Asterisk Phone System: Riding Telecom’s First Waves

Youthful naïveté played to Mark Spencer’s advantage in 1999, when the 21-year-old, working out of his Auburn University dorm room, launched Asterisk — an open-source software-based phone system.

The willingness to spend sleepless nights perfecting codes and the confidence to ignore older naysayers motivated the computer engineering major. But knowing too much can be a drawback for a future business founder, Spencer warns now, in jest.

“Part of what I have discovered in hindsight about being a good entrepreneur is not just having the amount of knowledge you need to complete a task, but to not have so much knowledge that you find out you’re not supposed to be able to do it, ” says Spencer, now 37.

Modeled after Linux, the first open-source operating system, Asterisk was the first open-source communications software. The program, which turns a computer into a phone system, is distributed under a dual-source model of being open-source with a commercial license. That means users download Asterisk for free but must share with the public how they customized the program.

Asterisk’s free and intangible nature birthed a demand for paid products and services such as phones, training, apps, and fax and echo cancelation add-ons through the business Digium. Headquartered in Huntsville’s Cummings Research Park, Digium continues to sponsor Asterisk. Digium Chief Executive Officer Danny Windham compares Asterisk to an iconic American marketing model.

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“People who build razor blades give away the razor in order to sell the blade, ” he says.

When he was an undergrad, Spencer needed a phone system for his new technical support business but could not afford the hardware-based models offered at the time.

“I thought, you know, I’m a software developer, ” Spencer says. “I’ll just write my own. If I can figure out how to get a call into the PC, the rest is just software.”

Within a couple of weeks, the system was running online.

Asterisk’s open-source platform appeals to school systems, universities and municipalities across the country and around the world, with high talent, low-cost technical support. The city of Amsterdam runs on Asterisk and Google, the U.S. Army and the University of Pennsylvania all rely on Digium phone systems.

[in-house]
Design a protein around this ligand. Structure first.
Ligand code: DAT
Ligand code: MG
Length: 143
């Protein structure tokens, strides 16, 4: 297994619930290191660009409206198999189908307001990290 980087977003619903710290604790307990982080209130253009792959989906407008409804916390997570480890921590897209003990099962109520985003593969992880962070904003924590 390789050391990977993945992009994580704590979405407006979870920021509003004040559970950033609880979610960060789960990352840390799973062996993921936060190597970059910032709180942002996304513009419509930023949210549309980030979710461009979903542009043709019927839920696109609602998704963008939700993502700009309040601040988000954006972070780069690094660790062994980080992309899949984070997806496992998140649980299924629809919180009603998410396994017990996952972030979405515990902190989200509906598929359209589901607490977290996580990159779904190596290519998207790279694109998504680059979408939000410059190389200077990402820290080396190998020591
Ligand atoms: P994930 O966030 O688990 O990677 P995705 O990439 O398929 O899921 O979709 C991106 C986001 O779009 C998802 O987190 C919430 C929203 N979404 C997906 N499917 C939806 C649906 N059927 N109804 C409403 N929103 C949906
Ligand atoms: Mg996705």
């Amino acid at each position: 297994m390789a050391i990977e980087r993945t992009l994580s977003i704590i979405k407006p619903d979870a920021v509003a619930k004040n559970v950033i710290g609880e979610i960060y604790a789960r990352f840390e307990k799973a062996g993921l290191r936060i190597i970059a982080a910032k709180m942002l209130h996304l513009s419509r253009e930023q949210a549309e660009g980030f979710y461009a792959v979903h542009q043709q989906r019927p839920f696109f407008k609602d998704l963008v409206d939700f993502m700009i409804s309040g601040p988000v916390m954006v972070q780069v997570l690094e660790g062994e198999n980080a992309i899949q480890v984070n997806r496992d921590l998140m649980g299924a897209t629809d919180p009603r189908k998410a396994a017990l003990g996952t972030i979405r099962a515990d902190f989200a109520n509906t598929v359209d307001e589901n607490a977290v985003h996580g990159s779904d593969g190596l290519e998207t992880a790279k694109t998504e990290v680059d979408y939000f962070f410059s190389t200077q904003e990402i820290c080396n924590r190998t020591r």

In college, Spencer worked as a co-op student at Adtran, a telecom business also in Cummings Research Park. A mentor, Danny Windham, offered him a job that he politely declined, but it was not in vain.

“He was running his own company out of his dorm room and the job offer was apparently unappealing, ” Windham says now, glancing at Spencer. “So Adtran said, ‘Hey, if you move your company to Huntsville, we’ll invest in it and you can try to build a real business.’”

Spencer said yes.

Adtran’s investment, Windham adds, was a risk worth taking in a business climate on the tails of the Internet’s first bubble of success.

The Huntsville Digium office — a modular building enclosing 60, 000 square feet and housing 140 employees — is a close neighbor to Adtran. But it expands well beyond that Huntsville HQ.

Digium acquired businesses in San Diego in 2007 and Atlanta in 2013 and now has a total of 200 employees. There is an office in London, but, because of expense and untapped American markets, Windham says the company is concentrated on growing in the U.S. That said, Digium and Asterisk users and clients span the globe.

“Asterisk made its way around the world without Digium having to go there and create a market, ” Windham says. “In fact, Asterisk created a demand for Digium, and in one sense, it’s the greatest marketing tool we have, because it goes places we didn’t go first. Most companies, they have to go there and set up businesses before they start selling a product.”